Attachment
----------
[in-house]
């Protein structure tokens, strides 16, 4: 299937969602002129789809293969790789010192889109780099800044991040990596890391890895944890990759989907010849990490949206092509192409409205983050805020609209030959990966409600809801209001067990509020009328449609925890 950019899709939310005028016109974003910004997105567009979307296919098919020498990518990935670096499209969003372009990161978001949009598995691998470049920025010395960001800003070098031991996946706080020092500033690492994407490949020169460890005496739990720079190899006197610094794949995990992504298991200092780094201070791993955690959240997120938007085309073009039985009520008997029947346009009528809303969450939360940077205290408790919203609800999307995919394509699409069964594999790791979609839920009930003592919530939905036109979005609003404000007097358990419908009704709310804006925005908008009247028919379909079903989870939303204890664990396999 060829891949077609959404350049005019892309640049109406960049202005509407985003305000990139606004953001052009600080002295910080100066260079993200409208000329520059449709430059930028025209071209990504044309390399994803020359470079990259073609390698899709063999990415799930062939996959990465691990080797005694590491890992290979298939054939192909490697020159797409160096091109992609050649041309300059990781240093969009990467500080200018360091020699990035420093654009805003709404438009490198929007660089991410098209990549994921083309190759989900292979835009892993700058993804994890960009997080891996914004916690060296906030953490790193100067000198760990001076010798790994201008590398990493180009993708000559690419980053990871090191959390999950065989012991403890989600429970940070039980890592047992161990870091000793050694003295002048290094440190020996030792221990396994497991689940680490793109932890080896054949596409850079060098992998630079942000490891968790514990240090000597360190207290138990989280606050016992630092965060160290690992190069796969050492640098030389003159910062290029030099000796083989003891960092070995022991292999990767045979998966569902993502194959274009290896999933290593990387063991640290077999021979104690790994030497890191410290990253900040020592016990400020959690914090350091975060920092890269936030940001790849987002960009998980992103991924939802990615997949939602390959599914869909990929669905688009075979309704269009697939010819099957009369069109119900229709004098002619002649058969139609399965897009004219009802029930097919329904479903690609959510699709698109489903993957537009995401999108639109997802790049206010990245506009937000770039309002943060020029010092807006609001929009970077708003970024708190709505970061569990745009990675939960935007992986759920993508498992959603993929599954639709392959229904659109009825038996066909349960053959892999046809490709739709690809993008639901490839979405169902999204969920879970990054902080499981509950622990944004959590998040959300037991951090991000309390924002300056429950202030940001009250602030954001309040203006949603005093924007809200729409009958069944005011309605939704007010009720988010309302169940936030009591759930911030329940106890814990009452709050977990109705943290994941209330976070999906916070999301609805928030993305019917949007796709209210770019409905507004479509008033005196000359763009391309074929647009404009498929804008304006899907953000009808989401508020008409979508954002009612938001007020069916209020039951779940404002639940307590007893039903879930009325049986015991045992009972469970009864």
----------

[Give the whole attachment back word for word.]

[in-house]
């Protein structure tokens, strides 16, 4: 299937969602002129789809293969790789010192889109780099800044991040990596890391890895944890990759989907010849990490949206092509192409409205983050805020609209030959990966409600809801209001067990509020009328449609925890 950019899709939310005028016109974003910004997105567009979307296919098919020498990518990935670096499209969003372009990161978001949009598995691998470049920025010395960001800003070098031991996946706080020092500033690492994407490949020169460890005496739990720079190899006197610094794949995990992504298991200092780094201070791993955690959240997120938007085309073009039985009520008997029947346009009528809303969450939360940077205290408790919203609800999307995919394509699409069964594999790791979609839920009930003592919530939905036109979005609003404000007097358990419908009704709310804006925005908008009247028919379909079903989870939303204890664990396999 060829891949077609959404350049005019892309640049109406960049202005509407985003305000990139606004953001052009600080002295910080100066260079993200409208000329520059449709430059930028025209071209990504044309390399994803020359470079990259073609390698899709063999990415799930062939996959990465691990080797005694590491890992290979298939054939192909490697020159797409160096091109992609050649041309300059990781240093969009990467500080200018360091020699990035420093654009805003709404438009490198929007660089991410098209990549994921083309190759989900292979835009892993700058993804994890960009997080891996914004916690060296906030953490790193100067000198760990001076010798790994201008590398990493180009993708000559690419980053990871090191959390999950065989012991403890989600429970940070039980890592047992161990870091000793050694003295002048290094440190020996030792221990396994497991689940680490793109932890080896054949596409850079060098992998630079942000490891968790514990240090000597360190207290138990989280606050016992630092965060160290690992190069796969050492640098030389003159910062290029030099000796083989003891960092070995022991292999990767045979998966569902993502194959274009290896999933290593990387063991640290077999021979104690790994030497890191410290990253900040020592016990400020959690914090350091975060920092890269936030940001790849987002960009998980992103991924939802990615997949939602390959599914869909990929669905688009075979309704269009697939010819099957009369069109119900229709004098002619002649058969139609399965897009004219009802029930097919329904479903690609959510699709698109489903993957537009995401999108639109997802790049206010990245506009937000770039309002943060020029010092807006609001929009970077708003970024708190709505970061569990745009990675939960935007992986759920993508498992959603993929599954639709392959229904659109009825038996066909349960053959892999046809490709739709690809993008639901490839979405169902999204969920879970990054902080499981509950622990944004959590998040959300037991951090991000309390924002300056429950202030940001009250602030954001309040203006949603005093924007809200729409009958069944005011309605939704007010009720988010309302169940936030009591759930911030329940106890814990009452709050977990109705943290994941209330976070999906916070999301609805928030993305019917949007796709209210770019409905507004479509008033005196000359763009391309074929647009404009498929804008304006899907953000009808989401508020008409979508954002009612938001007020069916209020039951779940404002639940307590007893039903879930009325049986015991045992009972469970009864």